Five men were arrested late Sunday after the damaged "Arbeit Macht Frei" ("Work Sets You Free") sign was found near one of their homes in a snowy forest outside Czernikowo, a village near the northern Polish city of Torun, on the other side of the country from the memorial site.
The brazen pre-dawn Friday theft of one of the Holocaust's most chilling symbols sparked outrage from around the world. Polish leaders launched an intensive search for the 5-meter (16-foot) sign that spanned the main gate of the camp in southern Poland where more than 1 million people, mostly Jews, were killed during World War II.
The men's arrest late Sunday came after more than 100 tips, said Andrzej Rokita, the chief police investigator in the case.
Police said it was too soon to say what the motive for the theft was but they are investigating whether the Nazi memorabilia market may have played a part. The suspects do not have known neo-Nazi or other far-right links, Rokita said.
"Robbery and material gain are considered one of the main possible motives, but whether that was done on someone's order will be determined in the process of the investigation," added deputy investigator Marek Wozniczka.
"They are ordinary thieves," Rokita said.
The suspects have not been identified publicly, but Rokita said they were between the ages of 20 and 39 and that their past offenses were "either against property or against health and life," implying that at least one of them has a record for violent crime.
Four of them are unemployed and one owns a small construction company, he said. He would not give any other details.
Four of the five men are believed to have carried out the theft, removing the 30- to 40-kilogram (65- to 90-pound) steel sign from above the Auschwitz gate in the town of Oswiecim, about 50 kilometers (30 miles) west of Krakow.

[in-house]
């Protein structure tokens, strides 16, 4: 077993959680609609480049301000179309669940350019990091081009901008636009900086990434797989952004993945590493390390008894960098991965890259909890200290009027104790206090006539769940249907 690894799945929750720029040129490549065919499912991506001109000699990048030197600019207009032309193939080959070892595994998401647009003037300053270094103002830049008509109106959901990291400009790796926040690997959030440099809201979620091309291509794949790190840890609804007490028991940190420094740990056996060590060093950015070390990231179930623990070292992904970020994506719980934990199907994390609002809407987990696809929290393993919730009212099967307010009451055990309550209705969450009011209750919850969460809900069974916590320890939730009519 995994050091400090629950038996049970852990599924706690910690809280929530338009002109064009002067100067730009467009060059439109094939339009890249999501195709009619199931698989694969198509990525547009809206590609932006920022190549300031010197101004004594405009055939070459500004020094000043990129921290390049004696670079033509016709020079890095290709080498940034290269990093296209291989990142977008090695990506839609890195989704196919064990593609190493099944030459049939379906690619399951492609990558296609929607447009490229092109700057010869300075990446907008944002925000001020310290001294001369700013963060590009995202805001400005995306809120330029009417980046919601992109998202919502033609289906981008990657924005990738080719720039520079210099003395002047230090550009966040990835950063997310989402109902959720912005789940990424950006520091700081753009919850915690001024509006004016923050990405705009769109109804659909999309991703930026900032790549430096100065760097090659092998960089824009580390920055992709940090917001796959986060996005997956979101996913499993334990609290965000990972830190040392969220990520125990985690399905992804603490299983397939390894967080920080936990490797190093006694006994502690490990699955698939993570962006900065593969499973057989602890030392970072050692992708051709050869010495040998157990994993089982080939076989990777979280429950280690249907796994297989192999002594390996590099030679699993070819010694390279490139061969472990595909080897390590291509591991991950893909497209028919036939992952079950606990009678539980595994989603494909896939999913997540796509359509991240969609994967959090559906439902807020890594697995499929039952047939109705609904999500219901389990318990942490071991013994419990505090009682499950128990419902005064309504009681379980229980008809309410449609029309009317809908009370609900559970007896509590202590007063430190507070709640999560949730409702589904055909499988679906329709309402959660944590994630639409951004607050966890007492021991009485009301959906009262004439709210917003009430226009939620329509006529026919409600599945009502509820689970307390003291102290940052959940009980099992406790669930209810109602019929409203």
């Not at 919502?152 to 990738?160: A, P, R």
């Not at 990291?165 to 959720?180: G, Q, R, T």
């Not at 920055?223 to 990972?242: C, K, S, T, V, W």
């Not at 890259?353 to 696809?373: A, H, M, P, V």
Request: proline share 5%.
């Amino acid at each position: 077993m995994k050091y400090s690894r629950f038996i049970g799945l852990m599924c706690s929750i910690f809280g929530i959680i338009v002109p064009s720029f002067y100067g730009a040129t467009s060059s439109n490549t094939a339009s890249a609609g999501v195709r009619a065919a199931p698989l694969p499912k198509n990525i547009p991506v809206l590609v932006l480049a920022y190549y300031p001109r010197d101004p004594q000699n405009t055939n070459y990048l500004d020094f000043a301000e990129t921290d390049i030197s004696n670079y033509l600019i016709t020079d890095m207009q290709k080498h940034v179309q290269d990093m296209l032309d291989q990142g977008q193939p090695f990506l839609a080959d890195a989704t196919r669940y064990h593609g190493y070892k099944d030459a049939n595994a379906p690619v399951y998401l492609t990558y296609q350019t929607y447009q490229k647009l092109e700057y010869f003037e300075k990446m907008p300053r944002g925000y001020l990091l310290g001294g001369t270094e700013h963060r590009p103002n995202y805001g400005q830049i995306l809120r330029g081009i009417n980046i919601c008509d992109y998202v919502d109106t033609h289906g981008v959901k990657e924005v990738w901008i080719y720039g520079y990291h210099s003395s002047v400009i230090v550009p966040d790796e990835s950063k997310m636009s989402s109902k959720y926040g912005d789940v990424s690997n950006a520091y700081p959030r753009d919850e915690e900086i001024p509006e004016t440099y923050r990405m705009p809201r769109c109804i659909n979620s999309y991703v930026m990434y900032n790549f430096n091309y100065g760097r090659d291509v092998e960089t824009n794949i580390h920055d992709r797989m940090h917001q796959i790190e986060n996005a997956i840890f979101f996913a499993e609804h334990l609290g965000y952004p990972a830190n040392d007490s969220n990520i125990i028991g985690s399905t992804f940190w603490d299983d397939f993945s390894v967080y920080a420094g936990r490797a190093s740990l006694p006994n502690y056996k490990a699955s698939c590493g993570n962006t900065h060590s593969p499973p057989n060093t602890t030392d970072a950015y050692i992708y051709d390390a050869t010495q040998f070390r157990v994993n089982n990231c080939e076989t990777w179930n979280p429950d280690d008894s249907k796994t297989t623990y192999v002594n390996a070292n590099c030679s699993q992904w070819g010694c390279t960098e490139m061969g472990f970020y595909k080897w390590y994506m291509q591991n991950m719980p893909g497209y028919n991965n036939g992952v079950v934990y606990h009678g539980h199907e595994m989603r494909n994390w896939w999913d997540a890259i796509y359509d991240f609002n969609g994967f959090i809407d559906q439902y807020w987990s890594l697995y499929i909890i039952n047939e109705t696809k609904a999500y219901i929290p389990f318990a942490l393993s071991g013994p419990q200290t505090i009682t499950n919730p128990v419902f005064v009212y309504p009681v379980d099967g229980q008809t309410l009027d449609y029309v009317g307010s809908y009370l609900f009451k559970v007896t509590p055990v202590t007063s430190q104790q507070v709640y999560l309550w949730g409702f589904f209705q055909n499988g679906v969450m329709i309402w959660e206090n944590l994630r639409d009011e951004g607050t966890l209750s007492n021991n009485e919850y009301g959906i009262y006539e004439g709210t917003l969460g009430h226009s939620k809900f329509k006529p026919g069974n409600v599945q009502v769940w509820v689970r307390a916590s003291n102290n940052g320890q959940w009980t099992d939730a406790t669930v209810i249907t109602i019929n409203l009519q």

"It seems they cut the sign up already in Oswiecim, to make transport easier," Rokita said at a news conference in Krakow. It was "hidden in the woods near the home of one of them."
Police in Krakow released a photograph showing investigators removing the cut-up sign - covered in brown protective paper - from a van. A second photograph showed one of the suspects being pulled from the van, a hooded sweat shirt pulled over his head and hiding his face.
Wozniczka said the suspects will all be charged with theft of an object of special cultural value and could face up to 10 years in prison. He said other charges could possibly be added during the investigation.
Museum authorities welcomed the news with relief despite the damage. Spokesman Pawel Sawicki said authorities hope to restore it to its place as soon as it can be repaired and was working to develop a new security plan.
An exact replica of the sign, produced when the original underwent restoration work years ago, was quickly hung in its place Friday.
In a statement e-mailed to The Associated Press, Rabbi Marvin Hier, founder and dean of the Simon Wiesenthal Center, welcomed the sign's swift recovery.
"Whatever the motivation, it takes warped minds to steal the defining symbol of the Holocaust from the world's most renowned killing field," he said.
The chairman of Yad Vashem, Israel's official Holocaust memorial, expressed relief.
"The theft of the sign, which had become a symbol both of the ultimate evil that found its expression in Auschwitz, and of the memory of the Shoah - Jewish Holocaust, gave pain to Holocaust survivors and people of conscience everywhere," Avner Shalev said in a statement. "The concern expressed by people around the world, illustrates the importance and awareness of Holocaust remembrance today."
Noach Flug, an Auschwitz survivor and chair of a consortium of survivors' groups, welcomed the sign's recovery and called for tighter security.
Security guards patrol the 940-acre (200-hectare) site around the clock, but due to its vast size they only pass by any one area at intervals.
After occupying Poland in 1939, the Nazis established the Auschwitz I camp, which initially housed German political prisoners and non-Jewish Polish prisoners. The sign was made in 1940. Two years later, hundreds of thousands of Jews began arriving by cattle trains to the wooden barracks of nearby Birkenau, also called Auschwitz II.
More than 1 million people, mostly Jews, but also Gypsies, Poles and others, died in the gas chambers or from starvation and disease while performing forced labor. The camp was liberated by the Soviet army on Jan. 27, 1945.
The grim slogan "Arbeit Macht Frei" was so counter to the actual function of the camp that it has been etched into history. The phrase appeared at the entrances of other Nazi camps, including Dachau and Sachsenhausen, but the long curving sign at Auschwitz was the best known.
Associated Press Writer Monika Scislowska contributed to this report.